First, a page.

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Wednesday, December 28, 2005

Me and You and Everyone you know



One of the many amazing things about Miranda July's debut film is that there doesn't seem to be a tribute of vision.

The movie is uniquely her own.

One of the sad facts about modern American films is that while watching them, there always seems to be references, or tributes, or even straight rip offs of other movies. It's probably because of the success of filmmakers like Robert Rodriguez, Steven Soderbergh, and Kevin Smith.

The case is particularly true of Independent Film. Rather than trusting their own voices, filmmakers seem to be aiming to be the next Quentin Tarantino.

One finds out pretty quick while watching Me and You and Everyone you know that Miranda July doesn't give a shit what people think. She's telling a story, and telling it her way.

The movie is a quirky, stylish, and honest romance.

Notice that I didn't call it a Romantic comedy.

Sure the movie is funny, and does have the romantic comedy structure. But the movie doesn't seem too concerned about trying to make people laugh, or setting up jokes, or putting people in absurd situations. Under Miranda July's unique writing, and directing, the film is more interested in just observing the honesty of the characters. Almost like observing people in line at the grocery store. But what makes the experience unique, and theatrical is that the characters talk in a poetic simplicity, and sometimes..... to even their own surprise there is artistic poignancy, and weight to what they say and do.

It's not surprising that Miranda July is a performance artist. The film does have that sensibility, but it's not pretentious like most performance art. Instead it's heartwarming and likable.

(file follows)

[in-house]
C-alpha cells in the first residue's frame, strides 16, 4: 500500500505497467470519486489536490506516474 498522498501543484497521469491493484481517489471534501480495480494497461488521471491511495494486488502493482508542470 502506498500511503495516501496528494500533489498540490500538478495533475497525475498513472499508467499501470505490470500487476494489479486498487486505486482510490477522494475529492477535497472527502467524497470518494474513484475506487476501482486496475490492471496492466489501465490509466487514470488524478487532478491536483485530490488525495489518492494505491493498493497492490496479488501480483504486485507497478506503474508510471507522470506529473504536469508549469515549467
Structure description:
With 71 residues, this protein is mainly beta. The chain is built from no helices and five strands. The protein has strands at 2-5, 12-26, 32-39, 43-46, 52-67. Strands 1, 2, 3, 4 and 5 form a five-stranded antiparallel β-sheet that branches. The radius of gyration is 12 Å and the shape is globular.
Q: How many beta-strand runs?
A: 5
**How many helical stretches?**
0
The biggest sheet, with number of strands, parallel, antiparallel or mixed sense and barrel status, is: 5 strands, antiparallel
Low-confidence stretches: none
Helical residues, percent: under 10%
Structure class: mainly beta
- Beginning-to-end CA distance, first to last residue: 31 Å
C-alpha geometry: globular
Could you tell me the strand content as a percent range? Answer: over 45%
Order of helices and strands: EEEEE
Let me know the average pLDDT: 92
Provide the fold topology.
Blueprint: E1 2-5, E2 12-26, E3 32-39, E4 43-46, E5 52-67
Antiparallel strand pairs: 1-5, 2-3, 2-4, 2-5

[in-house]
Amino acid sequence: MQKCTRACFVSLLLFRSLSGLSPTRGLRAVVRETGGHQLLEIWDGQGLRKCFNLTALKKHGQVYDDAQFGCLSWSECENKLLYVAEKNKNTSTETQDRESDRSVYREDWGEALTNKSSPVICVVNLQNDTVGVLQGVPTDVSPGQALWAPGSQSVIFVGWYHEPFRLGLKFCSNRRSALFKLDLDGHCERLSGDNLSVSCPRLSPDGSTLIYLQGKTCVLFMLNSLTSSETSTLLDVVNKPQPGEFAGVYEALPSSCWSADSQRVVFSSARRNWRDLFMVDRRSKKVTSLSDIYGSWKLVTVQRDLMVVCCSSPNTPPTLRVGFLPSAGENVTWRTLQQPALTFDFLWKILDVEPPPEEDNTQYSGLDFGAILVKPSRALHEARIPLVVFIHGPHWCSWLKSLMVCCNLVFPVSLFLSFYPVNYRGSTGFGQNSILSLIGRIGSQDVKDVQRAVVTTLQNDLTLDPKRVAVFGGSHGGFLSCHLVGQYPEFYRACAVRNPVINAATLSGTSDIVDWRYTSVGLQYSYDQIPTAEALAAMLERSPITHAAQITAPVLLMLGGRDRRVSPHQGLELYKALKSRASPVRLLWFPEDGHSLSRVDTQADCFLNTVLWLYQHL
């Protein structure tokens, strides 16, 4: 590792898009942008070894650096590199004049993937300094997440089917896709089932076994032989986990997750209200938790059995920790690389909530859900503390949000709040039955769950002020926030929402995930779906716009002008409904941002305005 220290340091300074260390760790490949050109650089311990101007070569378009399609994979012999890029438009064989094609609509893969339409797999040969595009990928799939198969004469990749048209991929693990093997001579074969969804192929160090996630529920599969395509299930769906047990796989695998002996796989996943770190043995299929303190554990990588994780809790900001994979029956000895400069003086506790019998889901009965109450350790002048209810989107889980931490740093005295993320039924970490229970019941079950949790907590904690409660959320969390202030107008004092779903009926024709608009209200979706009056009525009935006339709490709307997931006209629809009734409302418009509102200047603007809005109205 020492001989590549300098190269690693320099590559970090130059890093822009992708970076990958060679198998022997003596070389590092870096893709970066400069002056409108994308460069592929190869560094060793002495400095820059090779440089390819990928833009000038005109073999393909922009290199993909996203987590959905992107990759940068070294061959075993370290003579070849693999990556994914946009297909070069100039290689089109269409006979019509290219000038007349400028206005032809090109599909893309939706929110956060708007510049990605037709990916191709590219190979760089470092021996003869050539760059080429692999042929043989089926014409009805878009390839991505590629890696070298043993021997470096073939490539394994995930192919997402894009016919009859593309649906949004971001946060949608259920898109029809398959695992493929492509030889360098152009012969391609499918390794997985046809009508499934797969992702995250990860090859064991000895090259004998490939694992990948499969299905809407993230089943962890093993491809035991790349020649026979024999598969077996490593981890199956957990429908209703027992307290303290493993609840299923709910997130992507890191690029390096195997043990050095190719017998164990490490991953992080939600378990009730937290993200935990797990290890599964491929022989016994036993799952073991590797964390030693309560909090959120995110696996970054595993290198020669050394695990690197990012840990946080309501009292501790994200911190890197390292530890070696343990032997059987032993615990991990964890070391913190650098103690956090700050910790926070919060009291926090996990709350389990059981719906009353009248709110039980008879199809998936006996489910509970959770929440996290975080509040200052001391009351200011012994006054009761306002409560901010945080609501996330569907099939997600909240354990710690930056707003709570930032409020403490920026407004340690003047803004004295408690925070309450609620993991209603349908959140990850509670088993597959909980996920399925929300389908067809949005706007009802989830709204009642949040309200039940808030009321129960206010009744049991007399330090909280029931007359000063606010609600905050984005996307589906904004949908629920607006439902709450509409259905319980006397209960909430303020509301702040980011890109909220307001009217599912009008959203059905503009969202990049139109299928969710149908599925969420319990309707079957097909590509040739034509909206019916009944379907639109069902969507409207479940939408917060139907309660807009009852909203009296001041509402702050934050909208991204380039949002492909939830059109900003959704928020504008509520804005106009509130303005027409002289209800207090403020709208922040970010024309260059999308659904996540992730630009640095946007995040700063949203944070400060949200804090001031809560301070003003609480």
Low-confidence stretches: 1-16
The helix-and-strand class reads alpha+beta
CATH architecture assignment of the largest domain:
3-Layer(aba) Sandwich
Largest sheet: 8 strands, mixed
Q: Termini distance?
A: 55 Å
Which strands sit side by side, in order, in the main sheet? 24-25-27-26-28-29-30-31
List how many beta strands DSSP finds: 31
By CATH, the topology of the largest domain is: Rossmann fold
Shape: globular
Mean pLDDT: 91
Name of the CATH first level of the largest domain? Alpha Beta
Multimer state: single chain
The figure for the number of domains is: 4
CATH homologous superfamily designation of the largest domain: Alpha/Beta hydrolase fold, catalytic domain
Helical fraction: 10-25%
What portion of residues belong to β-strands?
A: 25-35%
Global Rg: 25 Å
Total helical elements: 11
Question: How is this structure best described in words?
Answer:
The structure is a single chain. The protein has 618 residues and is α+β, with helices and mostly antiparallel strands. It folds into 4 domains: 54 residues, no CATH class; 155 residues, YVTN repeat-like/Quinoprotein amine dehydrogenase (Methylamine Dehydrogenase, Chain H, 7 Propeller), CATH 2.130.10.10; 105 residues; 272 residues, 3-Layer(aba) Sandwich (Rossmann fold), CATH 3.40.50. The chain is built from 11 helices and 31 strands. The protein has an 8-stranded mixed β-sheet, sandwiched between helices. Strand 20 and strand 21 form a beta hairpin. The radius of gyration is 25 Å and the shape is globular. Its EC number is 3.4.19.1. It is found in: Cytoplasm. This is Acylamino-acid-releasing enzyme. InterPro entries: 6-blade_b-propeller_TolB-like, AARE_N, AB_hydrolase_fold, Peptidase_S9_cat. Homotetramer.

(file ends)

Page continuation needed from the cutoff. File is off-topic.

At the heart of the movie is the story of Richard Swersey, played by Deadwood's John Hawkes, a divorced father of two, who's trying to put his life back together. At his job he runs into Christine Jesperson, a strugling, lonely, performance artist. Around these two people are other characters who share Christine and Richard's need to somehow connect in a world that's sterile, and seemingly heartless.

The movie is an enjoyable triumph. There are tons of scenes that I could describe, but I don't want to ruin it.

In lesser hands the movie could easily fall apart but Miranda July succeeds winningly, and is definitely a voice to look out for in the future. It's especially fortunate considering the lack of unique, interesting female writers, and directors in the business.

Don't let this movie slip by.




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1 comment:

Lons said...

Yeah, it's pretty great. I like that it's so unassuming. July has no pretense about making some sort of life-altering statement, or blowing everyone's mind with her outrageous debut. It's just a keenly observant, funny little movie about interesting, thoughtful people.

Vying for place in my Top Ten right now, along with several other amazing films I've seen in the past few weeks.